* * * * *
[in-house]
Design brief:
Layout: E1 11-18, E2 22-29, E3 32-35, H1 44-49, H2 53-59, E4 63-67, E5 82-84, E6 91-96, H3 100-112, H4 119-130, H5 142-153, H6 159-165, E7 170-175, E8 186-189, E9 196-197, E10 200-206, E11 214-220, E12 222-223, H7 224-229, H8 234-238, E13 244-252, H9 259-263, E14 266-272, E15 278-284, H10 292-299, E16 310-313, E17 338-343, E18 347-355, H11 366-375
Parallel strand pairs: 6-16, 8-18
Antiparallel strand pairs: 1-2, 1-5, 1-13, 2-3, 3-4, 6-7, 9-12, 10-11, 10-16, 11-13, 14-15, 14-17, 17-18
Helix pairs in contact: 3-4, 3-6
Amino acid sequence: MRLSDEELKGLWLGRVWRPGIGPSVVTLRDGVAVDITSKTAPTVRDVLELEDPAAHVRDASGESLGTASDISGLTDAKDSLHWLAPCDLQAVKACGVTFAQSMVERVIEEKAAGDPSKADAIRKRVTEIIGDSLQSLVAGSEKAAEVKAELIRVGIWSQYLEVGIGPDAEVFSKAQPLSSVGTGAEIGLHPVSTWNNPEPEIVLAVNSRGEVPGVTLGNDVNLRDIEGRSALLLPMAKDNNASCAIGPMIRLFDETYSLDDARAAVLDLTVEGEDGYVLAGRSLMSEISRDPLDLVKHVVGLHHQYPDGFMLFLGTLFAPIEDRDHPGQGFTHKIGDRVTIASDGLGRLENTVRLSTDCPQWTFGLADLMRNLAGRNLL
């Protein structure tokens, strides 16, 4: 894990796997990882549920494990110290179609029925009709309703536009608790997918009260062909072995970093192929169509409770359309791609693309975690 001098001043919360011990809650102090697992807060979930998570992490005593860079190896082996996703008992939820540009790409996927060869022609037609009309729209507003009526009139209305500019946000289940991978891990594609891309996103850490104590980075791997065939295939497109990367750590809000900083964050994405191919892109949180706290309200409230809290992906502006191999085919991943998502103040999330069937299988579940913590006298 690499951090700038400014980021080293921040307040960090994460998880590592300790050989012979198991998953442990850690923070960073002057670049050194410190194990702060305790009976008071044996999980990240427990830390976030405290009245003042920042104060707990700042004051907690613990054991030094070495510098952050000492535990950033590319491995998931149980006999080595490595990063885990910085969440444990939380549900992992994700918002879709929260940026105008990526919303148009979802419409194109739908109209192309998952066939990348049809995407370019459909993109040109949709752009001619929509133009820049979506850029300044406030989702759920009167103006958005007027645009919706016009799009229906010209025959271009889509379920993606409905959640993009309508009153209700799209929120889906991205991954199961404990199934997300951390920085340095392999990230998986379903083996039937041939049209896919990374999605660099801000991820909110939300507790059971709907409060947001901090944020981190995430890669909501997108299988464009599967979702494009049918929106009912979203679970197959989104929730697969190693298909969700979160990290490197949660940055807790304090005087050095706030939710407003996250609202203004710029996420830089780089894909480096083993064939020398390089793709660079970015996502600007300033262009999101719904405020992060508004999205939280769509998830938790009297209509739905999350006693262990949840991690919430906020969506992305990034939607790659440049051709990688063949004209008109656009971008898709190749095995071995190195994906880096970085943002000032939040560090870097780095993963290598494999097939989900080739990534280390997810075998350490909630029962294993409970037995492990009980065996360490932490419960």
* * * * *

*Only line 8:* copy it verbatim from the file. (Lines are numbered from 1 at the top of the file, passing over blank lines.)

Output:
């Protein structure tokens, strides 16, 4: 894990796997990882549920494990110290179609029925009709309703536009608790997918009260062909072995970093192929169509409770359309791609693309975690 001098001043919360011990809650102090697992807060979930998570992490005593860079190896082996996703008992939820540009790409996927060869022609037609009309729209507003009526009139209305500019946000289940991978891990594609891309996103850490104590980075791997065939295939497109990367750590809000900083964050994405191919892109949180706290309200409230809290992906502006191999085919991943998502103040999330069937299988579940913590006298 690499951090700038400014980021080293921040307040960090994460998880590592300790050989012979198991998953442990850690923070960073002057670049050194410190194990702060305790009976008071044996999980990240427990830390976030405290009245003042920042104060707990700042004051907690613990054991030094070495510098952050000492535990950033590319491995998931149980006999080595490595990063885990910085969440444990939380549900992992994700918002879709929260940026105008990526919303148009979802419409194109739908109209192309998952066939990348049809995407370019459909993109040109949709752009001619929509133009820049979506850029300044406030989702759920009167103006958005007027645009919706016009799009229906010209025959271009889509379920993606409905959640993009309508009153209700799209929120889906991205991954199961404990199934997300951390920085340095392999990230998986379903083996039937041939049209896919990374999605660099801000991820909110939300507790059971709907409060947001901090944020981190995430890669909501997108299988464009599967979702494009049918929106009912979203679970197959989104929730697969190693298909969700979160990290490197949660940055807790304090005087050095706030939710407003996250609202203004710029996420830089780089894909480096083993064939020398390089793709660079970015996502600007300033262009999101719904405020992060508004999205939280769509998830938790009297209509739905999350006693262990949840991690919430906020969506992305990034939607790659440049051709990688063949004209008109656009971008898709190749095995071995190195994906880096970085943002000032939040560090870097780095993963290598494999097939989900080739990534280390997810075998350490909630029962294993409970037995492990009980065996360490932490419960």